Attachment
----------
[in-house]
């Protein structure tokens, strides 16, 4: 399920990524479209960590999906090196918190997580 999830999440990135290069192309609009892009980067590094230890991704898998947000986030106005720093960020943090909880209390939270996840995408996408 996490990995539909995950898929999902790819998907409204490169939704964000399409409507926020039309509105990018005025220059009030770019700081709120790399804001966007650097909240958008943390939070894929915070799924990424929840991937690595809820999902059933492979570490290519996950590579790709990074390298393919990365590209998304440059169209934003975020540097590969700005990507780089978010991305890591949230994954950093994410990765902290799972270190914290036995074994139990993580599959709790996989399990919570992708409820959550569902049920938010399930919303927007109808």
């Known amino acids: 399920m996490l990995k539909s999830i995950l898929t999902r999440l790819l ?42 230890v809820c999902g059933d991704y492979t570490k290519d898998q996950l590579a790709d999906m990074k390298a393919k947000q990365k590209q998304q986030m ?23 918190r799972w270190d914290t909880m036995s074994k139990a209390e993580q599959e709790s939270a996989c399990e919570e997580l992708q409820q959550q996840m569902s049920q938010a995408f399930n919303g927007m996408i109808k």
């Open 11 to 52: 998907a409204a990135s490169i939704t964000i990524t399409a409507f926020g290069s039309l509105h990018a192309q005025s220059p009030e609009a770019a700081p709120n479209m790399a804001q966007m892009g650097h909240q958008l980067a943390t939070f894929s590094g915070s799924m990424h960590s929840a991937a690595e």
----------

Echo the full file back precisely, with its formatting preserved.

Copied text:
[in-house]
């Protein structure tokens, strides 16, 4: 399920990524479209960590999906090196918190997580 999830999440990135290069192309609009892009980067590094230890991704898998947000986030106005720093960020943090909880209390939270996840995408996408 996490990995539909995950898929999902790819998907409204490169939704964000399409409507926020039309509105990018005025220059009030770019700081709120790399804001966007650097909240958008943390939070894929915070799924990424929840991937690595809820999902059933492979570490290519996950590579790709990074390298393919990365590209998304440059169209934003975020540097590969700005990507780089978010991305890591949230994954950093994410990765902290799972270190914290036995074994139990993580599959709790996989399990919570992708409820959550569902049920938010399930919303927007109808």
């Known amino acids: 399920m996490l990995k539909s999830i995950l898929t999902r999440l790819l ?42 230890v809820c999902g059933d991704y492979t570490k290519d898998q996950l590579a790709d999906m990074k390298a393919k947000q990365k590209q998304q986030m ?23 918190r799972w270190d914290t909880m036995s074994k139990a209390e993580q599959e709790s939270a996989c399990e919570e997580l992708q409820q959550q996840m569902s049920q938010a995408f399930n919303g927007m996408i109808k």
């Open 11 to 52: 998907a409204a990135s490169i939704t964000i990524t399409a409507f926020g290069s039309l509105h990018a192309q005025s220059p009030e609009a770019a700081p709120n479209m790399a804001q966007m892009g650097h909240q958008l980067a943390t939070f894929s590094g915070s799924m990424h960590s929840a991937a690595e």